An Italian judge ruled last week that oil companies Royal Dutch Shell and Eni must face trial on corruption charges concerning a widespread bribery scheme to acquire oil exploration rights in Nigeria.

Judge Giuseppina Barbara of the Preliminary Hearing of the Tribunal of Milan in Italy set a March 5 trial date for Royal Dutch Shell, Eni, and a group of current and former executives. These executives include Eni’s chief executive Claudio Descalzi, and Malcolm Brinded, a former chief of exploration and production for Shell.

In 2011, Shell and Italian oil company Eni paid $1.1 billion to secure rights to one of Africa’s most valuable oil blocks, known as OPL 245. A special report, “Shell Knew,” published by Global Witness and Finance Uncovered showed that the money for the deal went directly into the pockets of Dan Etete, former Nigerian Minister of Petroleum and a convicted money launderer, who had awarded himself ownership of the block in 1998 through a company he secretly owned called, “Malabu Oil and Gas.”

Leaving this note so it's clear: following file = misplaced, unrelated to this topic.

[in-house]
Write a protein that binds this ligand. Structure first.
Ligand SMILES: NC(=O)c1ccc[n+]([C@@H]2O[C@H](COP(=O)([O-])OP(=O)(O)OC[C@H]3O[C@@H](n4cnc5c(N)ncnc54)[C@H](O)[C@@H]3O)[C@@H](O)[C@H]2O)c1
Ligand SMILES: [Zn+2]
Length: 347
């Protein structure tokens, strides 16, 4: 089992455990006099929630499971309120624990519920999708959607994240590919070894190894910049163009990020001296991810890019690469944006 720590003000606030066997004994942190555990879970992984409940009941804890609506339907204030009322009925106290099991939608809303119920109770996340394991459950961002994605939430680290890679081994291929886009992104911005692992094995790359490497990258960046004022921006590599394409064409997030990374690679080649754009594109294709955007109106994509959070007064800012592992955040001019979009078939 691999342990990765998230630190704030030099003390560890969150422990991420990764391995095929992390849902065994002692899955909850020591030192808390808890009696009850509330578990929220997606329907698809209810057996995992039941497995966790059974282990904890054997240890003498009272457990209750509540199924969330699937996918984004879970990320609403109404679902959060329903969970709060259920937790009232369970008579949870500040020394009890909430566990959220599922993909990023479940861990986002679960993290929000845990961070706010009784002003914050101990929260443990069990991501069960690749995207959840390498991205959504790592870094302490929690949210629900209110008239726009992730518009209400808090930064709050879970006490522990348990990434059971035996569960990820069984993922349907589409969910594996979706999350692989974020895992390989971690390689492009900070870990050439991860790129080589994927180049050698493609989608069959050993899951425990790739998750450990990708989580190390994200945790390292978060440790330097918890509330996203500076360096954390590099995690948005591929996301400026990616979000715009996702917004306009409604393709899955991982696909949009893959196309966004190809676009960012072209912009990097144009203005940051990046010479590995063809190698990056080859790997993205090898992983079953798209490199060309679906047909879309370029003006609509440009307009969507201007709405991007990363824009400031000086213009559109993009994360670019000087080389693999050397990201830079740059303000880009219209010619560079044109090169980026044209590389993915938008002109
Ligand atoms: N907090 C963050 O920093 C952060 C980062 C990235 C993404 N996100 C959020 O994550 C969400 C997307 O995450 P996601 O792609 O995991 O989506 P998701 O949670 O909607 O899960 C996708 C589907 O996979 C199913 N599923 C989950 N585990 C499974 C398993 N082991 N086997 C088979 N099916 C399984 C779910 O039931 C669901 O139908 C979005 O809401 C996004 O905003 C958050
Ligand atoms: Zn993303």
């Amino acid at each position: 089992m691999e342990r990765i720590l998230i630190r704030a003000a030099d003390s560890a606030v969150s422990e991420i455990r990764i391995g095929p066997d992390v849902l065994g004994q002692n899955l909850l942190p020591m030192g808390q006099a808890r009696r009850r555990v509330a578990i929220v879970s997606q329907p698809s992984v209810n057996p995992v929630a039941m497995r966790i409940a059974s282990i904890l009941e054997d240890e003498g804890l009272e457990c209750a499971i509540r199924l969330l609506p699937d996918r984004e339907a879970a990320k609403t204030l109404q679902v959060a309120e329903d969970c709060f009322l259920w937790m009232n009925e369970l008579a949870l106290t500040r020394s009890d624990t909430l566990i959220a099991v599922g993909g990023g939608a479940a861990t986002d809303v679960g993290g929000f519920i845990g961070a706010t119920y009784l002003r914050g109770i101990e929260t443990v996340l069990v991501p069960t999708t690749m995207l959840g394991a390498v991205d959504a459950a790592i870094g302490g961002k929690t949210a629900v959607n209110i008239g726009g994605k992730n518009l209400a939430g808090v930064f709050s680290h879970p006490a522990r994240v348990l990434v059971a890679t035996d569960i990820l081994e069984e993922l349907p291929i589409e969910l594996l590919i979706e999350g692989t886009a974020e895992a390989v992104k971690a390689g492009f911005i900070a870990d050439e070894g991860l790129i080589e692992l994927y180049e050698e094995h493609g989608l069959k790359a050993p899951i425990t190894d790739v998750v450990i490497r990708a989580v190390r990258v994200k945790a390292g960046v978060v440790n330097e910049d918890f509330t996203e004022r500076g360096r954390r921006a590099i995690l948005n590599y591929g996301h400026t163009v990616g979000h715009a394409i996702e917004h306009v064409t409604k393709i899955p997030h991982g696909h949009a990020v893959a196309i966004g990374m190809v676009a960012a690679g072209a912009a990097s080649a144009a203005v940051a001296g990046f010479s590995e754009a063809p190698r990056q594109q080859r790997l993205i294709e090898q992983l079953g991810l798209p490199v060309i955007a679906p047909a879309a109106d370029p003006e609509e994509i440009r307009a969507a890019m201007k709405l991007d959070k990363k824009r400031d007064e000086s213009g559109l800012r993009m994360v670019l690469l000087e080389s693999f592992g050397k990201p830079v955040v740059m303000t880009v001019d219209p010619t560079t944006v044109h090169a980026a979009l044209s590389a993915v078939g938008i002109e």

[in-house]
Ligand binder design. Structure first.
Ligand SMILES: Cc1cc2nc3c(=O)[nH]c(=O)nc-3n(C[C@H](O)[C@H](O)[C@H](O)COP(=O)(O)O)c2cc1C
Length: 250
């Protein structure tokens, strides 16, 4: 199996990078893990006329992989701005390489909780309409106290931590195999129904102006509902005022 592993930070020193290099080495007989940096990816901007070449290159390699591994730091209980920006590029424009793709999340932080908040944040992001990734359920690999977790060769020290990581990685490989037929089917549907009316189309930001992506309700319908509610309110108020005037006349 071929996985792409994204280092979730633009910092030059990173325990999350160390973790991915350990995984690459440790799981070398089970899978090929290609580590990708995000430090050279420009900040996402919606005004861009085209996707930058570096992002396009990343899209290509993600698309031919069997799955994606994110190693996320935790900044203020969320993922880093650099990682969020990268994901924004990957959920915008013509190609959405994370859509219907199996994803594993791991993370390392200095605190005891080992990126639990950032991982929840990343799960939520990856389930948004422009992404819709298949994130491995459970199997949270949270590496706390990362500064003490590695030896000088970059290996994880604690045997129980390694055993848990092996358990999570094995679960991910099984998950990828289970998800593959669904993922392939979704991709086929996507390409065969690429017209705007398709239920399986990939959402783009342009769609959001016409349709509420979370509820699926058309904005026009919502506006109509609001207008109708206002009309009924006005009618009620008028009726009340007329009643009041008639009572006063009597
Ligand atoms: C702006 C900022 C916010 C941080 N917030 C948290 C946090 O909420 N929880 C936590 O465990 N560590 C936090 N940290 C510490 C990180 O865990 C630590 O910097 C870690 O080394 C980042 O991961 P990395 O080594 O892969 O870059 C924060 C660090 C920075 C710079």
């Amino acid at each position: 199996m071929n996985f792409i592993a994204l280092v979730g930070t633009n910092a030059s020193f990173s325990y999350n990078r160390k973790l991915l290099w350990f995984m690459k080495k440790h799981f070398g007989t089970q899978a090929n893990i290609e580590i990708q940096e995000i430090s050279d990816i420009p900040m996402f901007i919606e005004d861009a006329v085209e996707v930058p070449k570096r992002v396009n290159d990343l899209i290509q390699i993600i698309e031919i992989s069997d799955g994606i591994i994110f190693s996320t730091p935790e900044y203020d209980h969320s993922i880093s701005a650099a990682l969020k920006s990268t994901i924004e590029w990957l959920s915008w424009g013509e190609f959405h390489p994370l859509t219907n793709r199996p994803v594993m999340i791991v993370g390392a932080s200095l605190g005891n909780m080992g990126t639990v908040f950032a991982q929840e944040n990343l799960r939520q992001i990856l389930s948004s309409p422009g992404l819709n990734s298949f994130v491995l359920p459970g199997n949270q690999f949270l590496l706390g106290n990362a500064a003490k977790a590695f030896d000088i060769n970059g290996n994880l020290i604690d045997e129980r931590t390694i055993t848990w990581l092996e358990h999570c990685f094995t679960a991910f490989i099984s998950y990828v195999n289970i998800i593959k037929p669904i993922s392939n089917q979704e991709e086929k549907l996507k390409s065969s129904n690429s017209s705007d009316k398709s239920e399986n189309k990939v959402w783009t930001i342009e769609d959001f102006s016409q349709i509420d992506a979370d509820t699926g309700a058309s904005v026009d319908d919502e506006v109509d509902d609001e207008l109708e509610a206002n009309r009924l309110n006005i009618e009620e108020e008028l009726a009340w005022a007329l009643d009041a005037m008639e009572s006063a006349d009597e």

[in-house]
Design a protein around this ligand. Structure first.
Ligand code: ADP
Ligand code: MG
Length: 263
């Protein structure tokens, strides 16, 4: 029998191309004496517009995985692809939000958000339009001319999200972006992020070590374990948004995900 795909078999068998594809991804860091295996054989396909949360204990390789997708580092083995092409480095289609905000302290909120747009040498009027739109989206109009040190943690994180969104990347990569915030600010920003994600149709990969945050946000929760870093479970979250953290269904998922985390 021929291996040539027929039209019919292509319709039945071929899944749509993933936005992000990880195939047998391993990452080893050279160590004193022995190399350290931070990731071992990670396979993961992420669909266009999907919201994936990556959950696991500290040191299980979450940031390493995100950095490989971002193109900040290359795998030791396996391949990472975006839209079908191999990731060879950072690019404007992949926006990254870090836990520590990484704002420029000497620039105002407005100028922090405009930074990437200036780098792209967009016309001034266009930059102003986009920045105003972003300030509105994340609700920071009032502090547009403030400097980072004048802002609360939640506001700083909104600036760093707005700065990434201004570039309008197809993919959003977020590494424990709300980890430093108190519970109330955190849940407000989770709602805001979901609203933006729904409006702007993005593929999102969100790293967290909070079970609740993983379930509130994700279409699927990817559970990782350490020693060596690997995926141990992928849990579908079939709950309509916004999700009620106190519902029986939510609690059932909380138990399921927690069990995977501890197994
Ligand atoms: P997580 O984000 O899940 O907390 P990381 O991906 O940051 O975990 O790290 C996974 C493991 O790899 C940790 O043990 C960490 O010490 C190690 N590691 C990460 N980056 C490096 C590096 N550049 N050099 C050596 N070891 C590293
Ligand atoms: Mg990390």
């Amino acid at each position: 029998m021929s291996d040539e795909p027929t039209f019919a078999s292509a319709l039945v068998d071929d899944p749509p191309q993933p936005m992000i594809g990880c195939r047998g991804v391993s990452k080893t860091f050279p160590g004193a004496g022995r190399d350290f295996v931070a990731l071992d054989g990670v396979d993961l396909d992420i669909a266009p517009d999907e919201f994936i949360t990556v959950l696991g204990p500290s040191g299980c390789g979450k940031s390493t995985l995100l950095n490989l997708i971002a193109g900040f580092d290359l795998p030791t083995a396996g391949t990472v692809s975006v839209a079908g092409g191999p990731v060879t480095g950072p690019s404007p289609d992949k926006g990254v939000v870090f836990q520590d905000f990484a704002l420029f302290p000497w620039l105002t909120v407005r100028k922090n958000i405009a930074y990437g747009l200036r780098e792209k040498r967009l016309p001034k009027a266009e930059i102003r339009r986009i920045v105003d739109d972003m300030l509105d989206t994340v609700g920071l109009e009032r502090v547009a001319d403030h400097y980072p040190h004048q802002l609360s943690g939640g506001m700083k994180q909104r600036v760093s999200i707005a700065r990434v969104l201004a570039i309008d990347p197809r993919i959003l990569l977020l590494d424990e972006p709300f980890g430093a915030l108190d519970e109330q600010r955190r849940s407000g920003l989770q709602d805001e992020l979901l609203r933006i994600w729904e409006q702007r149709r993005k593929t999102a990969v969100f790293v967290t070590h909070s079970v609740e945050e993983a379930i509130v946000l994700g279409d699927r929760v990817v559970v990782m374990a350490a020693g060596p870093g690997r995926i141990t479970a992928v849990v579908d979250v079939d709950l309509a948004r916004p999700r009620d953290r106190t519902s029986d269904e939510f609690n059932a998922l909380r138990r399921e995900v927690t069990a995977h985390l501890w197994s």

Both companies have denied wrongdoing in the purchase of OPL 245. “We believe the trial judges will conclude that there is no case against Shell or its former employees,” Shell said in a statement.

Eni’s board of directors, too, “reaffirmed its confidence that the company was not involved in alleged corrupt activities in relation to the transaction,” the company stated. The board’s decision was based on the results of independent advisors’ investigations, it added. “The advisors were appointed to examine all relevant resolutions and documents deposited within the closing of the Milan prosecutors’ investigation in 2016,” Eni added.

Eni’s board also confirmed its “full confidence” that CEO Descalzi was “not involved in the alleged illegal conduct and, more broadly, in his role as head of the company. Eni expresses its full confidence in the judicial process and that the trial will ascertain and confirm the correctness and integrity of its conduct.”